Watch below to see principal Gary Roberts share about the importance of leadership.
Strong leadership is essential to embed any change. Leadership must be able to convey the benefits of visible learning. Staff must be convinced of the benefits in order to effect change. How leaders go about doing this?
One, this is about equity in removing barriers to learning.
Two, champion the affordances of visible learning for our learners regularly. Visible learning promotes connection, ubiquity and empowerment.
Three, lead by example take every possible opportunity to walk the talk showcase examples of visible learning. This can be done through your own personal blogging or commenting on student blogs.
Leadership and visible learning
Interview with Gary Roberts, Principal of Hornby Primary School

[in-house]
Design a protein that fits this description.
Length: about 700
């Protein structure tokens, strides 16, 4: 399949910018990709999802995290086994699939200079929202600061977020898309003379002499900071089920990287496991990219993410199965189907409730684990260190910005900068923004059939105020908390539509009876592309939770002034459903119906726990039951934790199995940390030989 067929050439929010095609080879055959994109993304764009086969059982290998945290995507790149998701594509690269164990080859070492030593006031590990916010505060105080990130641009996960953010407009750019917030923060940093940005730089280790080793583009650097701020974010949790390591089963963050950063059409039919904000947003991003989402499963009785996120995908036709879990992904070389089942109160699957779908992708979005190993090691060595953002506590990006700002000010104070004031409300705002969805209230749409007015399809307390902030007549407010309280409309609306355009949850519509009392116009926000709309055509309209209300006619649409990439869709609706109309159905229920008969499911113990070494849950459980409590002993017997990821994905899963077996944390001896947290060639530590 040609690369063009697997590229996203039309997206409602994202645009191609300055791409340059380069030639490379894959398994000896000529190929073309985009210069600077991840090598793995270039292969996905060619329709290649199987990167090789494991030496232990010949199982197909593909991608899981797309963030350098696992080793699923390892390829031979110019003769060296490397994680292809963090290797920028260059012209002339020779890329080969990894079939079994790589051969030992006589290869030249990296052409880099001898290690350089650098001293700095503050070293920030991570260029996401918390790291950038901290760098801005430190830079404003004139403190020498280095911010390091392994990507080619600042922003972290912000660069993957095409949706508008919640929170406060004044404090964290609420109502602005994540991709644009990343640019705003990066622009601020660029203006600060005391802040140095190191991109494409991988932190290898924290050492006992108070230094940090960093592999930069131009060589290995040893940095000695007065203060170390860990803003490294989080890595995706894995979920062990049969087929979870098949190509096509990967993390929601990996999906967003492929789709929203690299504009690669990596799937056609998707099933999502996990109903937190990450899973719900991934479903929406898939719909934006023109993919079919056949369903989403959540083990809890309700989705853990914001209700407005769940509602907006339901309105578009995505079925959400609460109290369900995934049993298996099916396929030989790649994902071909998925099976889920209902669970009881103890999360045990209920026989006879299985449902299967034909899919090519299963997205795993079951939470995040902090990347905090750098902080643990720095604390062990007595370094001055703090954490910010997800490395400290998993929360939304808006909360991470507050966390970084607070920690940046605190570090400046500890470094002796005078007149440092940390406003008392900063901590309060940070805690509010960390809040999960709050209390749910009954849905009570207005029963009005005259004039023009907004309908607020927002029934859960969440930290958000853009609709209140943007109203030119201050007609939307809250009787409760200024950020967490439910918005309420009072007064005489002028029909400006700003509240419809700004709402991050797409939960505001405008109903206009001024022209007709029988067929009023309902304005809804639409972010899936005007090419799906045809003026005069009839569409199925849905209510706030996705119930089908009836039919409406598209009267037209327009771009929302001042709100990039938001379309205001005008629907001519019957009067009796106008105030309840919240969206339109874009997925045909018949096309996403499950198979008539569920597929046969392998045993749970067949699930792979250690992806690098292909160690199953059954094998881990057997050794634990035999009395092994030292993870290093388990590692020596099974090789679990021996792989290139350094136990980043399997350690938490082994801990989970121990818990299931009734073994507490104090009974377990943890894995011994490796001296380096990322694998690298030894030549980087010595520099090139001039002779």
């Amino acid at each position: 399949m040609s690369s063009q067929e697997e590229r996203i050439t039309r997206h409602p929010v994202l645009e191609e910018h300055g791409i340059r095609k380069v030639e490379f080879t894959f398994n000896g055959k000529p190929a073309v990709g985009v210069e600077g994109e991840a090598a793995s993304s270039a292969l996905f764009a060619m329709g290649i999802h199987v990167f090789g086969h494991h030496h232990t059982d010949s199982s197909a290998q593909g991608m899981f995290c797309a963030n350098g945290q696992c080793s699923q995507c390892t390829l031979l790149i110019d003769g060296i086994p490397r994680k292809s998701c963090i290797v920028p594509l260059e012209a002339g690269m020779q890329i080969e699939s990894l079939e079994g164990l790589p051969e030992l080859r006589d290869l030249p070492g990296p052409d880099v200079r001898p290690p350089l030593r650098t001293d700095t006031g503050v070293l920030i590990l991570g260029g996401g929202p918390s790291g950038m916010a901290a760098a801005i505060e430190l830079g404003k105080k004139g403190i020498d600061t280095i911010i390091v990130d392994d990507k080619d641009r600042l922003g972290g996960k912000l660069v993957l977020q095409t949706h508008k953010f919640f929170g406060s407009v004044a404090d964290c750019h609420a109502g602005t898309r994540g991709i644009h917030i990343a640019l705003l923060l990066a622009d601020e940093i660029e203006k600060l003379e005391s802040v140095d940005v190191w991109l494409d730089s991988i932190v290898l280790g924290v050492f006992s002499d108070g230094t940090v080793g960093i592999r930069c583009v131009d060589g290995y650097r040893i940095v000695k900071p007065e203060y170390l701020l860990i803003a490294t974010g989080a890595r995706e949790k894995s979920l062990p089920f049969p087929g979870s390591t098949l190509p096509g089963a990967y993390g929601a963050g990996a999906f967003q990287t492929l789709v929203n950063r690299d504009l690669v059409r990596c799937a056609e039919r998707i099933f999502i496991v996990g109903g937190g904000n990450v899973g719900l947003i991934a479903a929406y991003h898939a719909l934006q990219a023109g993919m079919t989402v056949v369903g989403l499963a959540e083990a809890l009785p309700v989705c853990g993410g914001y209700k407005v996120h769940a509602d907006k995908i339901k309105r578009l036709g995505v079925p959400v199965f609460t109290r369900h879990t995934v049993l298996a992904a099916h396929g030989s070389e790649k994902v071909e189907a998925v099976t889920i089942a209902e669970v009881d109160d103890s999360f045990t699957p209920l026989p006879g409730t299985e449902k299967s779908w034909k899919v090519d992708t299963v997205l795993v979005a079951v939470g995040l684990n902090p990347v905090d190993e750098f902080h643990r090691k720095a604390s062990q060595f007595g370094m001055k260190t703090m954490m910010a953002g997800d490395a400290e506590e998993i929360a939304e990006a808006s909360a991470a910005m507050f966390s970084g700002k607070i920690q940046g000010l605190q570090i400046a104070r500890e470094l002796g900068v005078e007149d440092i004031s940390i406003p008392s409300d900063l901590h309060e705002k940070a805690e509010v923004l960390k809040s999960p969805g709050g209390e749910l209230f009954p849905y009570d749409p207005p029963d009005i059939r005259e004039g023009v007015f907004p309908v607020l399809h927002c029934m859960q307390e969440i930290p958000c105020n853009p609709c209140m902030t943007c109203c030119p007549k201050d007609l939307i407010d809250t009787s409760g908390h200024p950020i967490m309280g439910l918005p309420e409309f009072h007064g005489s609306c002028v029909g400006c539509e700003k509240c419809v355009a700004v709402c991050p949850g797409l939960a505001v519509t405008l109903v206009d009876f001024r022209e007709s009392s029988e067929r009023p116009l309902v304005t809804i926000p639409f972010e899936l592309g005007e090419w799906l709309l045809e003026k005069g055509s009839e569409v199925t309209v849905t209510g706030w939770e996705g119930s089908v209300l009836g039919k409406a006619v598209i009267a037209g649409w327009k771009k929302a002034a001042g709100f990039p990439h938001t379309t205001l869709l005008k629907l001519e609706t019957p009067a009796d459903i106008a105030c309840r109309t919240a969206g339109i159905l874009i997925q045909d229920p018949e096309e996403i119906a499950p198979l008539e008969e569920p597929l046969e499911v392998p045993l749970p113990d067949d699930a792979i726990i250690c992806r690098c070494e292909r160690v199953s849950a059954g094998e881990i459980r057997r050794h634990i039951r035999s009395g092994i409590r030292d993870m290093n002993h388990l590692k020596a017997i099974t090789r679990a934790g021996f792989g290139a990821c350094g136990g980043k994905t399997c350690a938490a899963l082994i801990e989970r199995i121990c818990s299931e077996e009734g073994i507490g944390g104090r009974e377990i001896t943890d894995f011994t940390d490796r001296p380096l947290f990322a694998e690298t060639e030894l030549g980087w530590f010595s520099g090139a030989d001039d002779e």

Leveraging the benefits for all of your learners
Talk with those other kura in your kāhui ako: if you are an intermediate or secondary school, those schools from whom most of your intake come; or, as a primary school, those schools to whom most of your children progress. See if you can agree on common tools and pedagogies. There is much power to be gained in terms of impact on learning by offering the learner a coherent approach to learning, a consistent ‘portal’ to, and set of tools for, learning regardless of age and stage.
Follow this link to hear Angela Taylor, kāhui ako Education Programme Leader talk about the benefits of visible learning.
Transcript for Angela Taylor, a primary teacher and Education Programme Leader for the Uru Mānuka kāhui ako, on benefits of visible learning.
When we talk about visible learning, we talk about the whole learning journey being visible and we expect the learner to be at the centre of that learning and for every part of the learning process to be genuinely visible to them.